• Because the utilities will be constrained to rely entirely on local installers, they will get work that might otherwise go to national installers. (This makes national installers losers.)

Looking beyond 2016

GTM Research compared the costs and benefits of a 20-year PPA in leading TPO states and a 12-year, 2.99% loan or a cash purchase in the leading solar markets. Even in 2017, when the ITC falls to 10% for PPAs and leases and is not available to purchasers of residential solar, TPO’s market edge “is not as great as is generally perceived,” the researchers find. “All three financing optionsexperience a slight but not drastic downturn.”

In the long term, the research concludes, it will not be savings but marketingand the services offered by installers that will determine the kind of financing customers choose.

Assuming electricity prices rise and policies don’t significantly change the equations, year one savings with a PPA in 2020 will be 30% instead of the present 25%; year one savings on a 12-year loan will be 26%; and a cash sale will take 6.5 years to pay off instead of 6.1 years.

As a result, preferences for PPA, loan, and cash purchase in 2020 are expected to be about the same as they are now.

Multiple state level trends will buoy the growth of loans but both approaches will grow in volume, even as the rapidly falling solar installed cost lowers the markets’ dollar value. The $100 million fund that supports 30.8 MW this year will support 45 MW in 2020.

But even residential solar’s 32% cost drop by 2020 will not prevent it from being a $10 billion market, the research foresees. After 2017, direct ownership will grow by 166% to 2020 while TPO grows by 33%.

This means the billions that have gone into tax equity financing will be looking for an opportunity. That opportunity, GTM suggests, will be in the loan market. It was, at 10% of the 2014 market, about $130 million. If it is half of the 2020 market, $3 billion will be needed for debt financing.

This entry was posted on Wednesday, September 2nd, 2015 at 4:27 am and is filed under Uncategorized.  You can follow any responses to this entry through the RSS 2.0 feed.  You can leave a response, or trackback from your own site. 

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About This Blog And Its Author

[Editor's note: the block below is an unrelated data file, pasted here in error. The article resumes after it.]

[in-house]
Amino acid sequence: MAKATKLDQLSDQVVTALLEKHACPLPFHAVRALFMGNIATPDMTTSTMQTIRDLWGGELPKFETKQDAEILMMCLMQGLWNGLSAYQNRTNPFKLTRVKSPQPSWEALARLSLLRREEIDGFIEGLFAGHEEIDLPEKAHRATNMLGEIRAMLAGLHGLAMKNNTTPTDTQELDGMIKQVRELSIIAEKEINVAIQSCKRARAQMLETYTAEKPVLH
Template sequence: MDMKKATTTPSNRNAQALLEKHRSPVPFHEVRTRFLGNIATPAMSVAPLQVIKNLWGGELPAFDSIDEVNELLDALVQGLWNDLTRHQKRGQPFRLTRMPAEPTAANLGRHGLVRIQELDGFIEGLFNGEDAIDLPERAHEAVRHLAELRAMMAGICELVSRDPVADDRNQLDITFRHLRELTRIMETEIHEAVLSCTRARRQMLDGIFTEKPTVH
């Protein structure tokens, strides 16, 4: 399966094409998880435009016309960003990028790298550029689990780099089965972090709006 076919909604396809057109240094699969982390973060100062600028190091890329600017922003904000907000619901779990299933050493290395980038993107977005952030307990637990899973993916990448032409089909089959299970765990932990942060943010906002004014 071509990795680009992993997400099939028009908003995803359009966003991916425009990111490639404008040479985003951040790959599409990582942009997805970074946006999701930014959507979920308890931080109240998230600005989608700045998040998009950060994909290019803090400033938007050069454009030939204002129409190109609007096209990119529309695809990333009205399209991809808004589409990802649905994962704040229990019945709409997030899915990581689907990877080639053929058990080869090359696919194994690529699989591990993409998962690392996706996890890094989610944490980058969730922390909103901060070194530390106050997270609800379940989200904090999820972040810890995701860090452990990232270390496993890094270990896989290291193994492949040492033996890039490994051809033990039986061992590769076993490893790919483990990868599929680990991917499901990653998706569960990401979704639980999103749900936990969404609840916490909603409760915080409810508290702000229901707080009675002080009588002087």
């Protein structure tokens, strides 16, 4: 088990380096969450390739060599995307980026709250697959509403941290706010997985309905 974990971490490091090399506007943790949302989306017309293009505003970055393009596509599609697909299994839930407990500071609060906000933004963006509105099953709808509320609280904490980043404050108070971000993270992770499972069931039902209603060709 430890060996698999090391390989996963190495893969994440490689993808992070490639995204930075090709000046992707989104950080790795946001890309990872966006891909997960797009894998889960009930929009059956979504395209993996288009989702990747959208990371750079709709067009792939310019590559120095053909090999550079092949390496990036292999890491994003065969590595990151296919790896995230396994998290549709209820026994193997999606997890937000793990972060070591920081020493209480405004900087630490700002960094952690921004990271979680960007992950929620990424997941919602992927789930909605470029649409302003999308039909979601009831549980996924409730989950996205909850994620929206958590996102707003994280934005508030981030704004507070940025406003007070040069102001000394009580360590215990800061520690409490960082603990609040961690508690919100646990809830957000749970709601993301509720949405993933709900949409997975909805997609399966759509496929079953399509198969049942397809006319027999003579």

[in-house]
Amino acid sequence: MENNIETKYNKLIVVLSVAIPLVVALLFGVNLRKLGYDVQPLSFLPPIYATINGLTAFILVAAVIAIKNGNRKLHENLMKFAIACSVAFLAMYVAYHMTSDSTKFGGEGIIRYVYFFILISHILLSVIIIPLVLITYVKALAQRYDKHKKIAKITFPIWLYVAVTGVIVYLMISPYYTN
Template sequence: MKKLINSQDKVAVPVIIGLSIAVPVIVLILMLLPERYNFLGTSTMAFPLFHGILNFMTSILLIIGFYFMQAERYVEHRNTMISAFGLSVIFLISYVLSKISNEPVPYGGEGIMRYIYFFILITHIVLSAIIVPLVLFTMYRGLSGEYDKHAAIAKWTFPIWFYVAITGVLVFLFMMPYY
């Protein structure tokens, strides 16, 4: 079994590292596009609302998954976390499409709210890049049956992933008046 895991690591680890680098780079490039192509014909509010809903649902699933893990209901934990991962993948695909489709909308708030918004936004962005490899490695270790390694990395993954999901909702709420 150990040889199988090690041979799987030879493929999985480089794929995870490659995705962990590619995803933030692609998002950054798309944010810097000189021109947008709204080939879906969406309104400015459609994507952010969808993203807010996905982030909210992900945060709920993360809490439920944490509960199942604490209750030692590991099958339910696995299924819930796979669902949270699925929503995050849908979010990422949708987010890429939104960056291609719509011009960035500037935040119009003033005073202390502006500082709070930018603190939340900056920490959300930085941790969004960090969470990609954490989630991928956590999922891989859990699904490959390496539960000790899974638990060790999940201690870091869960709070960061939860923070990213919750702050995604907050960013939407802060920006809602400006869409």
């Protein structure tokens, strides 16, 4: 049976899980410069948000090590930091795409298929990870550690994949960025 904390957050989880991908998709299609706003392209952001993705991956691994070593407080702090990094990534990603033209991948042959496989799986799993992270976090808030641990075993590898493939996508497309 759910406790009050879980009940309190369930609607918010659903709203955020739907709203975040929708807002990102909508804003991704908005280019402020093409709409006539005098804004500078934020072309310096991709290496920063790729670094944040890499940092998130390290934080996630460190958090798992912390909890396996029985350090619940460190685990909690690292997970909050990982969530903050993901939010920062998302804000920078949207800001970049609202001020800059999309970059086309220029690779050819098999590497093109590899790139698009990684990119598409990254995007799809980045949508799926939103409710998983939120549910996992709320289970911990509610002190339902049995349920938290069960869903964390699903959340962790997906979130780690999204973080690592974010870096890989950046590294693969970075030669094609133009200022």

As potential uses for building and parking lot roofspace continue to grow, unique opportunities to understand and profit from this trend will emerge. Roof Options is committed to tracking the evolving uses of roof estate – spanning solar power, rainwater harvesting, wind power, gardens & farms, “cooling” sites, advertising, apiculture, and telecom transmission platforms – to help unlock the nascent, complex, and expanding roofspace asset class.

Educated at Yale University (Bachelor of Arts - History) and Harvard (Master in Public Policy - International Development), Monty Simus has held a lifelong interest in environmental and conservation issues, primarily as they relate to freshwater scarcity, renewable energy, and national park policy. Working from a water-scarce base in Las Vegas with his wife and son, he is the founder of Water Politics, an organization dedicated to the identification and analysis of geopolitical water issues arising from the world’s growing and vast water deficits, and is also a co-founder of SmartMarkets, an eco-preneurial venture that applies web 2.0 technology and online social networking innovations to motivate energy & water conservation. He previously worked for an independent power producer in Central Asia; co-authored an article appearing in the Summer 2010 issue of the Tulane Environmental Law Journal, titled: “The Water Ethic: The Inexorable Birth Of A Certain Alienable Right”; and authored an article appearing in the inaugural issue of Johns Hopkins University's Global Water Magazine in July 2010 titled: “H2Own: The Water Ethic and an Equitable Market for the Exchange of Individual Water Efficiency Credits.”